Story of a motoring empire,
by John Bullock. PSL, £16.99.
Here is a book to enjoy the account of the great Rootes Empire told by one who has so much inside information about it, because author John Bullock worked for the company for nearly 30 years, becoming PR chief in the 1950s and 1960s and holding the same position at Chrysler International SA in the 1970s. The opening part of his book is more or less history, but as you read on the story becomes more intimate, the personal memories making fascinating asides. There is also fresh information, enhanced by the access Bullock was given by the Rootes family to personal and company material dating back to the 1890s.
So this is a book for both historians and pleasure seekers.
Space prevents me from disclosing some of the “plums” in this welcome book, but it is fascinating to learn how new Rootes models were not always kept secret, how Churchill demanded a Humber Pullman from Billy Rootes after it was well out of production and, at much expense, got what he wanted and to read Bullock’s tales of the great rally days with the Sunbeam Alpines and other cars.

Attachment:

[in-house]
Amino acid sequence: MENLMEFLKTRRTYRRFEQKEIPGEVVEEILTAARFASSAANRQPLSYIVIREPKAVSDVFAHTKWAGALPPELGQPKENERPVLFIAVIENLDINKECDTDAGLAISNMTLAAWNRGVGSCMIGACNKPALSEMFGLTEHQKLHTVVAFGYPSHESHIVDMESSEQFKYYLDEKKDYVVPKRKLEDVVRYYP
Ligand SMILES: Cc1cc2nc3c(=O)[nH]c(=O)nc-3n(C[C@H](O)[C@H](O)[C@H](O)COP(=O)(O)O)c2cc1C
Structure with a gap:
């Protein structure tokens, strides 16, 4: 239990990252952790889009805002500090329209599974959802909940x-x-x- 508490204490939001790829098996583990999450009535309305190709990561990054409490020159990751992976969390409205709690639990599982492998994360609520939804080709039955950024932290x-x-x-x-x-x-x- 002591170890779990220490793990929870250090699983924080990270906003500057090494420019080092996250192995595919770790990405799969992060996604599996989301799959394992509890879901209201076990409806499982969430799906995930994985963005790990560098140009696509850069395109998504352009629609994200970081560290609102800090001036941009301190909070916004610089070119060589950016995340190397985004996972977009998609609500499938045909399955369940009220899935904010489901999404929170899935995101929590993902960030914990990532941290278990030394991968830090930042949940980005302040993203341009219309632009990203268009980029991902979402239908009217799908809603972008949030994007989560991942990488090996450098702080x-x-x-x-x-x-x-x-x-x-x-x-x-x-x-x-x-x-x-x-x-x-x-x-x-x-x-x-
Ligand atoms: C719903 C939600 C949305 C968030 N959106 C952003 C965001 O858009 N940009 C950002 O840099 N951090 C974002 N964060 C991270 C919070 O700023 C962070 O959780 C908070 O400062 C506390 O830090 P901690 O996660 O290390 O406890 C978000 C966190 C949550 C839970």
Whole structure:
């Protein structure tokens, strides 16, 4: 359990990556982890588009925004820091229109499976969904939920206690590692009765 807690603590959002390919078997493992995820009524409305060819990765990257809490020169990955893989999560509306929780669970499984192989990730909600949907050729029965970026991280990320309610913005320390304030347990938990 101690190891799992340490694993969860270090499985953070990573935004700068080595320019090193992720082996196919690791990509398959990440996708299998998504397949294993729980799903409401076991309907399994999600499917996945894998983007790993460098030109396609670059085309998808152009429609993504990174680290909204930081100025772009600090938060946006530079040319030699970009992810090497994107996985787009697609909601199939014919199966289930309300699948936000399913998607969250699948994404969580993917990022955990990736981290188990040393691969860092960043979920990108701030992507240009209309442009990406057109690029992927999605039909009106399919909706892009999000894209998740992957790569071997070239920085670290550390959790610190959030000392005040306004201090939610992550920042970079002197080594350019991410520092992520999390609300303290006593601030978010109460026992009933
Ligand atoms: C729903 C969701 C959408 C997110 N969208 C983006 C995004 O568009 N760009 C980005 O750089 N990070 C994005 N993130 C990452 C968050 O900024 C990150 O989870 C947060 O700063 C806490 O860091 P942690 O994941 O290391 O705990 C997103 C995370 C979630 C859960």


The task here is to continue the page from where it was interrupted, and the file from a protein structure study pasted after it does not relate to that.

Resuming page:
There are errors, though: Campbell named as the first to do 200 mph on land, instead of Segrave, Thrupp & Maberley on early pages, when Maberly is the correct spelling, a car quoted as a “Rode Rour” which must be a Rhode Four.
However, Bullock’s stories of Billy Rootes’ strong personality, how he and Lady Rootes were imprisoned in Paris for assault, and how the Halkin Street service depot became a brothel for a while, with the back seats of Humber Pullmans pressed into service, are more than adequate compensation. W B